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Safety on everyone’s mind at Daytona 500
Question of the Day
DAYTONA BEACH, FLA. (AP) - Raymond Gober parked his motorcycle outside Daytona International Speedway, climbed off and briefly considered bringing his helmet into the track.
“I was about to wear it in, but I knew everyone would be laughing at me,” said Gober, a pastor from outside Atlanta.
Safety was on everyone’s mind before and during the Daytona 500 on Sunday, a day after a horrific wreck in a second-tier NASCAR series race hurled chunks of debris, including a heavy tire, into the stands and injured nearly 30 people.
With small spots of blood still soaked into the concrete seating area, the accident raised questions about the safety of fans at race tracks. Should fences be higher and sturdier? Should grandstands be farther from the track?
NASCAR has long been a big draw because of its thrilling speeds, tight-knit racing, frantic finishes and the ability to get so close to the action.
That proximity comes with some risk.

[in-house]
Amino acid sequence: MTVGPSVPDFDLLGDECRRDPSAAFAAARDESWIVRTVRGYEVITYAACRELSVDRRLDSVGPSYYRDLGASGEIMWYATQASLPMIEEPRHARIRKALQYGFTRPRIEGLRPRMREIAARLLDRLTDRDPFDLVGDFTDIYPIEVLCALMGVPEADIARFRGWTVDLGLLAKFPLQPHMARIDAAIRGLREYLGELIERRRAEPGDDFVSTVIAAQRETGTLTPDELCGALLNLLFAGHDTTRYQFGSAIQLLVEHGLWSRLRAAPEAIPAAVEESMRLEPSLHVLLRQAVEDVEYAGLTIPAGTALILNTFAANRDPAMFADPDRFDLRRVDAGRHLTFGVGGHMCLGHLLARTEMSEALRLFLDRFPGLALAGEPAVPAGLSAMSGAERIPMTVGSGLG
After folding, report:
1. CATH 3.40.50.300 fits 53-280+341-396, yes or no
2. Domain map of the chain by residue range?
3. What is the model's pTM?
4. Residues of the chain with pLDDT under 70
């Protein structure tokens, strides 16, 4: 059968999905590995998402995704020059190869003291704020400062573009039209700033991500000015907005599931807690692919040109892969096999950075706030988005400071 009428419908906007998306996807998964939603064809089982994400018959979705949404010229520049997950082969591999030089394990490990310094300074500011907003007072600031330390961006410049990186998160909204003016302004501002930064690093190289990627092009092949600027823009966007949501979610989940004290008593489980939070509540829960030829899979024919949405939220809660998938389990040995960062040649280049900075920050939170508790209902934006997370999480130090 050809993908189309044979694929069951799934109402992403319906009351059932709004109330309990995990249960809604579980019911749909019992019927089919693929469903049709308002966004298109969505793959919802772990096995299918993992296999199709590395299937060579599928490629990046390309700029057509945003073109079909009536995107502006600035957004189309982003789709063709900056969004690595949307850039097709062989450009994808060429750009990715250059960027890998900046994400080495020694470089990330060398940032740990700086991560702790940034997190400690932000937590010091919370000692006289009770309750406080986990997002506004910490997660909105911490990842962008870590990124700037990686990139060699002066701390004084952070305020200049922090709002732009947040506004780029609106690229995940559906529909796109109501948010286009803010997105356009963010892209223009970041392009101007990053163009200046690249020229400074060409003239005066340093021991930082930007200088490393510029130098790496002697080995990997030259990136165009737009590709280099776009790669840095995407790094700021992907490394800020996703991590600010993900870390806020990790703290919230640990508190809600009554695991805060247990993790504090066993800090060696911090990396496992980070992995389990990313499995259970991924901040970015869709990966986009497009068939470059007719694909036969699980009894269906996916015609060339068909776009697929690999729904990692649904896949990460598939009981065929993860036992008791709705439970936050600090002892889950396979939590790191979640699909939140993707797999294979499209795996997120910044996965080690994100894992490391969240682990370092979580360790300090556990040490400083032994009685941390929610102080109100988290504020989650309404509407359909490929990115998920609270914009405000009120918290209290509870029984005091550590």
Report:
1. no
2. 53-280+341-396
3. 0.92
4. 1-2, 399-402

And after Saturday’s 12-car melee on the final lap of the Nationwide Series opener, some questioned whether that risk outweighed the reward.
“These are the best seats in the house, but they’re also dangerous,” Gober said.
Gober was one of thousands of fans who returned to Daytona less than 24 hours after Kyle Larson’s car flew into the fence, crumbled into pieces and sprayed parts at spectators.
Early in the 500-mile “Great American Race,” a nine-car wreck took out several top contenders.
Three-time NASCAR champion Tony Stewart and 2007 race winner Kevin Harvick were knocked out.
The wreck started when Kasey Kahne let off the gas to slow as they neared the first turn at Daytona International Speedway _ not too far from Saturday’s near-disaster. Kyle Busch tried to do the same, but couldn’t avoid contact.
Busch sent Kahne spinning across the track. Juan Pablo Montoya, 2010 race winner Jamie McMurray and defending series champion Brad Keselowski also were involved.
Thankfully, the wrecking cars stayed on the track. Things would be considerably different had they done the same Saturday.
By Mark Davis
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